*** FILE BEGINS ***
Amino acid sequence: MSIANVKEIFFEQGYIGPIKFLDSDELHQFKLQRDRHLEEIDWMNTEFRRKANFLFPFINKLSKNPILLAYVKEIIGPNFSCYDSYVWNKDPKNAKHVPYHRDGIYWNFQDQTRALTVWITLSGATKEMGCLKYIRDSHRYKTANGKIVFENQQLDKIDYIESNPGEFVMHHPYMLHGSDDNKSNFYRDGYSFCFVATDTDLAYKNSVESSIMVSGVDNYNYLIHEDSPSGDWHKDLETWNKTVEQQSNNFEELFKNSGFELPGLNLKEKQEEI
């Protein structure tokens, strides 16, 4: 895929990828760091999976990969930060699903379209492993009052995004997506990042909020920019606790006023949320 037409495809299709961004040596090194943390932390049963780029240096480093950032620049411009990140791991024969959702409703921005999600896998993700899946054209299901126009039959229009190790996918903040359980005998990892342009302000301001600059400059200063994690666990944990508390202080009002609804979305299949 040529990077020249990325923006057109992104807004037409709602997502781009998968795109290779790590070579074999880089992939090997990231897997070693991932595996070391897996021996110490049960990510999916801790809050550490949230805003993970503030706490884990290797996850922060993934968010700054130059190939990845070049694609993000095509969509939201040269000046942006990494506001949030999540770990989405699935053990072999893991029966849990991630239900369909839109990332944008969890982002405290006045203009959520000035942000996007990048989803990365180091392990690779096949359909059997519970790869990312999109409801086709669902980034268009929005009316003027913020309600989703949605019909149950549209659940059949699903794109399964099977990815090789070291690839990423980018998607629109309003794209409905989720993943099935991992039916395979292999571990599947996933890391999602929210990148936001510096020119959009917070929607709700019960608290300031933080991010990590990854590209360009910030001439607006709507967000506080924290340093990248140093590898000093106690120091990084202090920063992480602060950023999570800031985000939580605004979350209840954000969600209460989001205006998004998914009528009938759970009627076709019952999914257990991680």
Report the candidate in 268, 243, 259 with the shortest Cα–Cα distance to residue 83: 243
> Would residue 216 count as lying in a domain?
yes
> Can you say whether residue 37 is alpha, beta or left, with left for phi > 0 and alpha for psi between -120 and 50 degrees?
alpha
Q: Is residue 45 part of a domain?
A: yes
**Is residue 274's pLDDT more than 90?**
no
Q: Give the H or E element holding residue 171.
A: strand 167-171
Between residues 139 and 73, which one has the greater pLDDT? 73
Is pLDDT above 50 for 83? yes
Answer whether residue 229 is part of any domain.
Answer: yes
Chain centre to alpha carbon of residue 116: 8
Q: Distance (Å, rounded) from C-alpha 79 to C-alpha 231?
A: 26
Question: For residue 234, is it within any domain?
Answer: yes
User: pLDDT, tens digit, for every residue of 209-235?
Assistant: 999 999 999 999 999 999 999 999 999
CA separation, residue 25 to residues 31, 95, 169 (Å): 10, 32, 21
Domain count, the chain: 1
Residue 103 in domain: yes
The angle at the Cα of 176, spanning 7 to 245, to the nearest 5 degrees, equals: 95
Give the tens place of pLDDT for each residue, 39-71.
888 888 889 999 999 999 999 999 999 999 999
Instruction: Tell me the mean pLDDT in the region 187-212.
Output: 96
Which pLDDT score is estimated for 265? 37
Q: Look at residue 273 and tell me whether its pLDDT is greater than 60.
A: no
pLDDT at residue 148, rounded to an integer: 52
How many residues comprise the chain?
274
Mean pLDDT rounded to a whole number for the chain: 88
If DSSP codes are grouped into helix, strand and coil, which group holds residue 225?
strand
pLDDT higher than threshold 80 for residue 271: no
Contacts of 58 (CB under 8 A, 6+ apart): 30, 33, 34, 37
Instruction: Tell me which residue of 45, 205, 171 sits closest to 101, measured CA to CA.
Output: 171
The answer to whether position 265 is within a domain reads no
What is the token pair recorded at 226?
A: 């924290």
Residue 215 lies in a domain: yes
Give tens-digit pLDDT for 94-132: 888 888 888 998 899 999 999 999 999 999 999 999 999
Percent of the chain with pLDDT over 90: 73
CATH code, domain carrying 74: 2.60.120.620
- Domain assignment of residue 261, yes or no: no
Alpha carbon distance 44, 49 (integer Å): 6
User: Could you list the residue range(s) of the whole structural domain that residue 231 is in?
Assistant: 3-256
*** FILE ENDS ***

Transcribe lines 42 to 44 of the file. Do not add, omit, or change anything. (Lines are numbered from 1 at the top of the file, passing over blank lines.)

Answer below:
pLDDT higher than threshold 80 for residue 271: no
Contacts of 58 (CB under 8 A, 6+ apart): 30, 33, 34, 37
Instruction: Tell me which residue of 45, 205, 171 sits closest to 101, measured CA to CA.